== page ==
I recently had a chance to observe the stallion running in the area where my mares shade. He was chasing off a particularly annoying gelding and his harem of approximately 40 mares, some with foals at foot, was looking on excitedly. He was a handsome bay pony, probably standing about 14.2 HH, with a glossy coat that shone over a taut muscular physique. He was obviously an experienced stallion, because he was able to keep himself between the herd and the errant gelding, as the pair galloped furiously around the heathland. No matter how hard the gelding tried to get back to the herd of mares this stallion anticipated his opponent and was able to block him. The stallion’s low head carriage and threatening demeanour was a clear sign to all who witnessed the altercation that he meant business. I did not stay to see the outcome, but I have no doubt that the bay stallion came out on top. I was very impressed by the look and manner of this New Forest pony stallion and even more delighted when, a day or two later, a commoning friend informed me that one of my mares was seen in his company. My friend’s description left me in no doubt that my mare was interested in the stallion’s attention, as she was actively flirting with him. However, they only seemed to have stayed together in the same area for a short while, because the stallion moved on to a new territory and left my mare behind. Did they or didn’t they? Fingers crossed. I hope so.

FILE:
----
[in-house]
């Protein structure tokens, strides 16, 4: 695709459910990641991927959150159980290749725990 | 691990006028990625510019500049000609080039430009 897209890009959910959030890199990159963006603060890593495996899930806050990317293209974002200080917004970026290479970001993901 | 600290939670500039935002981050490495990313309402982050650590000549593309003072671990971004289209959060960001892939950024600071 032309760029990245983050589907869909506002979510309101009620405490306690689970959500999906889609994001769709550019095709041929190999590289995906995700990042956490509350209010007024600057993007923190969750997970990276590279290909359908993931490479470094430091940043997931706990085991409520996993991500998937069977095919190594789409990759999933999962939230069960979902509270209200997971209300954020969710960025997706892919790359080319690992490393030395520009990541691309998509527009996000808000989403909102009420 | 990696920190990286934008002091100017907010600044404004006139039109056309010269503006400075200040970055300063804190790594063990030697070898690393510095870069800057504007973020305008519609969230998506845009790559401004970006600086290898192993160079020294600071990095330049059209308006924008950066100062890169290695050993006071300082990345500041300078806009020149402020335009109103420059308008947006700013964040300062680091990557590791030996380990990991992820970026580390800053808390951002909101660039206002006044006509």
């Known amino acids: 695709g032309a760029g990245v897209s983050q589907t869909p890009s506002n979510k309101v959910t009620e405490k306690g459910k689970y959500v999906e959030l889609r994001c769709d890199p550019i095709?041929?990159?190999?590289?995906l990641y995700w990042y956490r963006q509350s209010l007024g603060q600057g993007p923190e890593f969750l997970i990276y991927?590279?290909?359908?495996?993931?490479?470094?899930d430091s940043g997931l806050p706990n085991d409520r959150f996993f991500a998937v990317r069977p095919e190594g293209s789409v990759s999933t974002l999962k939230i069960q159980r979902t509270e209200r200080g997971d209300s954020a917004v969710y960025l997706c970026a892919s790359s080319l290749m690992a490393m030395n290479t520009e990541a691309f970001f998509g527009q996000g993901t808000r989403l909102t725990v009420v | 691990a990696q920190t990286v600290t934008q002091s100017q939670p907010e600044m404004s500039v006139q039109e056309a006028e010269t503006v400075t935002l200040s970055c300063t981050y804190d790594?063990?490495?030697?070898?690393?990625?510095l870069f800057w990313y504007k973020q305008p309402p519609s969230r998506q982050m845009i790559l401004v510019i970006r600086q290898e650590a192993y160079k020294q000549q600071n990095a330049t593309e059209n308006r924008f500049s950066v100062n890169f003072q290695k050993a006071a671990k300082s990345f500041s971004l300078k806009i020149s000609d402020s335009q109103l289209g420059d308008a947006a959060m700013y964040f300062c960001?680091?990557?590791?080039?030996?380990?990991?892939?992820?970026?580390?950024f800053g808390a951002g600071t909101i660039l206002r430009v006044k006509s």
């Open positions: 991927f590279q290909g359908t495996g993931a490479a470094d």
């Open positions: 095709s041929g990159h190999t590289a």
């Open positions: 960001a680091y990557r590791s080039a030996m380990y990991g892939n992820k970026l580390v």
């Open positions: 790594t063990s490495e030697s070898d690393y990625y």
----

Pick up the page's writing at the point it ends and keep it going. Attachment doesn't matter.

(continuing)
I was interested to discover more about the potential sire of a future foal born to my mare and looked up his pedigree. I was right about him being an experienced stallion because he was foaled in 2001, making him 16 years of age, (48 years old in human years). He has run on the Forest 11 times during the Stallion Season since 2003, and is obviously an established and popular sire. In fact, he has an impressive pedigree with bloodlines that stretch back to the 1690s, which was when William III (& II) and Mary II were on the British throne. Unless you know something about pony breeding it probably won’t mean anything to you when I tell you that this particular stallion has the Darley Arabian, the Godolphin Arabian and the Byerley Turk in his breeding. These are the three most influential stallions in English sporting history. He even has Eclipse, one of the most famous thoroughbred racehorses of all time, on both sides of his pedigree. Eclipse (foaled: 1 April 1764 – died: 26 February 1789) was an undefeated champion who won 18 races, including 11 King’s Plates. I was certainly captivated when I first saw the bay stallion running free on the Forest but now, having learned about his impressive lineage, I am hoping that his liaison with my mare will have been fruitful. I should have an idea by December whether or not my mare is in foal, as by then her belly will be showing tell-tale signs. What an amazing Christmas present that would be!